Joe Torre is now MLB’s umpire czar, and he told Ben Bolch of the Los Angeles Times that he wants to change their relationship to the game:
The former Dodgers manager who now serves as Major League Baseball’s vice president of baseball operations said he wanted umpires to feel as much a part of the game as players and vowed to do everything he could to support them. “We’ve pretty much isolated umpires from being a part of this game because they’re always out there and easy to criticize, and I just didn’t think that was right,” Torre said.
I don’t even know what this means. It seems to me that a lot of the problems we’ve had in recent years has been umpires wanting to be too great a part of the game and to draw attention to themselves when a player takes issue with them. They are officials. They should be respected, without question, but I don’t think I’d want to send the message that they are “as much a part of the game as players.” I want them to be like the college kid who refs my son’s soccer games. He shows up, he does his job and he doesn’t expect to join in for snacks afterward.
I think a ton of good would be accomplished if two things were communicated loudly and clearly: (1) to players and managers: you can ask questions and appeal respectfully, but you will not get anywhere chewing out umpires. And if you make a habit of it, you’re going to get fined; and (2) to umpires: if your call is questioned and if anyone gets in your face over it, take the high road and don’t bark back.
The Nationals lost a heartbreaker on Tuesday night, as the Indians overcame a two-run deficit in the bottom of the ninth inning to beat the Nationals 7-6. Closer Jonathan Papelbon faced five batters but was unable to record an out, yielding a leadoff walk, a double, a bunt that ended up very successful due to a Ryan Zimmerman throwing error, an intentional walk, and a single. Oliver Perez came in and eventually allowed one of his inherited runners to score, saddling Papelbon with the loss.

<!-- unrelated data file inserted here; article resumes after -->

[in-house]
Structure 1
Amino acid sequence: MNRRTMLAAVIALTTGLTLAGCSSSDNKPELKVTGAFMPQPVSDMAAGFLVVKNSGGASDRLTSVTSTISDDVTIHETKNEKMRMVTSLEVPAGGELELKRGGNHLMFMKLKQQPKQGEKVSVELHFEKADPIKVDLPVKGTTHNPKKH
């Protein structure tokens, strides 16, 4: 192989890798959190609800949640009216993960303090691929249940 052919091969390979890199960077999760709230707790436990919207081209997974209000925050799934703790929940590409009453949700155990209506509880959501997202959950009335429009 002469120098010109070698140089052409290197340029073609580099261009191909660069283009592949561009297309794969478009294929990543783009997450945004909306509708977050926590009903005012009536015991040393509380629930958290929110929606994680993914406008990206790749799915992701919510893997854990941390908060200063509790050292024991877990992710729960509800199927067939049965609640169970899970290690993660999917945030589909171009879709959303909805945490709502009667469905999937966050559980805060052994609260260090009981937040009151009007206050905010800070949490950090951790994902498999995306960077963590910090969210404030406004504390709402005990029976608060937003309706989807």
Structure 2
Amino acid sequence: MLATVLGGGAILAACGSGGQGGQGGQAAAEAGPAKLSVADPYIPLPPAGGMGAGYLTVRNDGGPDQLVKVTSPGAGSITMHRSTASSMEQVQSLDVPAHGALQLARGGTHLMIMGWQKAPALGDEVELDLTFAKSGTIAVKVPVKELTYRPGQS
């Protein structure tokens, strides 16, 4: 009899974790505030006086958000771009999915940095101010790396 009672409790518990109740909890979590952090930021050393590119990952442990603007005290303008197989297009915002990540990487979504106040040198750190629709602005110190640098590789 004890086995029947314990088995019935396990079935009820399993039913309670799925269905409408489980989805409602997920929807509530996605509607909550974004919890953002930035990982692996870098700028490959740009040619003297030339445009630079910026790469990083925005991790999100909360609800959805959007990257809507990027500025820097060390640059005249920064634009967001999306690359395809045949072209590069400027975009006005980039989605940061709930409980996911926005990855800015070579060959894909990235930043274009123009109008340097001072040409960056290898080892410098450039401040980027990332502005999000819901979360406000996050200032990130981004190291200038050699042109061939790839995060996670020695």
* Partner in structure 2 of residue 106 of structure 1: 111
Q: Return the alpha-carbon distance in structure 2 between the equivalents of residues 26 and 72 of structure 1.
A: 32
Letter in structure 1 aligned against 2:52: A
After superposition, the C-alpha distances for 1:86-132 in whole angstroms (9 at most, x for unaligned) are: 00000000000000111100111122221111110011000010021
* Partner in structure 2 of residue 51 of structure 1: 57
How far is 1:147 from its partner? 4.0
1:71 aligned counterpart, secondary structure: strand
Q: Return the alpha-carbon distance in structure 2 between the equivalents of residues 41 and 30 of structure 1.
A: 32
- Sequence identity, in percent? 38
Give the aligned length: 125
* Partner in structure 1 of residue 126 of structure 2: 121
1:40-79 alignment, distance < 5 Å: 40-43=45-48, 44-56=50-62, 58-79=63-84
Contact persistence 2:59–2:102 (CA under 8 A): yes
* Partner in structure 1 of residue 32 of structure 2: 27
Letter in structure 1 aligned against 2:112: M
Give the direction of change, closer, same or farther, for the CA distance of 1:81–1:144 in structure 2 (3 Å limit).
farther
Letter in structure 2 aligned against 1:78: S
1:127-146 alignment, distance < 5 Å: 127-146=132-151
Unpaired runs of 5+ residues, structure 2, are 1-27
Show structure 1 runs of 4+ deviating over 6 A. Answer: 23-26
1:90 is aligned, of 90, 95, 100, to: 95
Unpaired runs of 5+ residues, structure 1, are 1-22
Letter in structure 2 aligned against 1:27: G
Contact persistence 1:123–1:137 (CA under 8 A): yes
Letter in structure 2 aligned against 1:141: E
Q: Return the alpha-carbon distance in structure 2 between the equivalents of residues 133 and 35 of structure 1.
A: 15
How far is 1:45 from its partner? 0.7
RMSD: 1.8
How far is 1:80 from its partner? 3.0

Papelbon also served up four runs in the outing before Tuesday’s, on Saturday against the Padres. The two clubs entered the top of the ninth tied 6-6, but a walk followed by three two-out singles and a bases-clearing double off of Papelbon allowed the Padres to take a 10-6 lead.
On the season, Papelbon is 19-for-22 in save chances with a 4.18 ERA and a 30/12 K/BB ratio in 32 1/3 innings. If the season were to end today, the right-hander’s 21.4 percent strikeout rate would be the lowest mark of his career and his 8.6 percent walk rate would be his highest mark since 2010.
Manager Dusty Baker didn’t indicate that he’s going to make a change at closer, but he sounded dissatisfied with Papelbon’s performance thus far. Via Mark Zuckerberg of MASN, Baker said, “He doesn’t have his command, which is evident when you walk the leadoff hitter. But it’s like, what do you say? How does he look? Right now he doesn’t look like Pap. He doesn’t look very good. Usually he doesn’t walk people like that.”
The non-waiver trade deadline is on Monday, August 1. The Nationals, at 58-42, still have a four-game lead over the Marlins and a 4.5-game lead over the Mets. Tuesday’s loss has motivated the club to attempt to upgrade the bullpen, Jon Morosi reports. The Nationals were in the mix for Aroldis Chapman before the Yankees sent him to the Cubs. Perhaps Andrew Miller could be next on the Nats’ wish list.
The Blue Jays announced on Tuesday night that the club traded reliever Drew Storen and some cash to the Mariners in exchange for reliever Joaquin Benoit.
Storen, 28, was designated for assignment by the Jays on Sunday after posting a 6.21 ERA with a 32/10 K/BB ratio in 33 1/3 innings. The Jays acquired him during the offseason from the Nationals in exchange for Ben Revere and a player to be named later.
Benoit, 38, struggled as well, putting up a 5.18 ERA with a 28/15 K/BB ratio in 24 1/3 innings with the Mariners.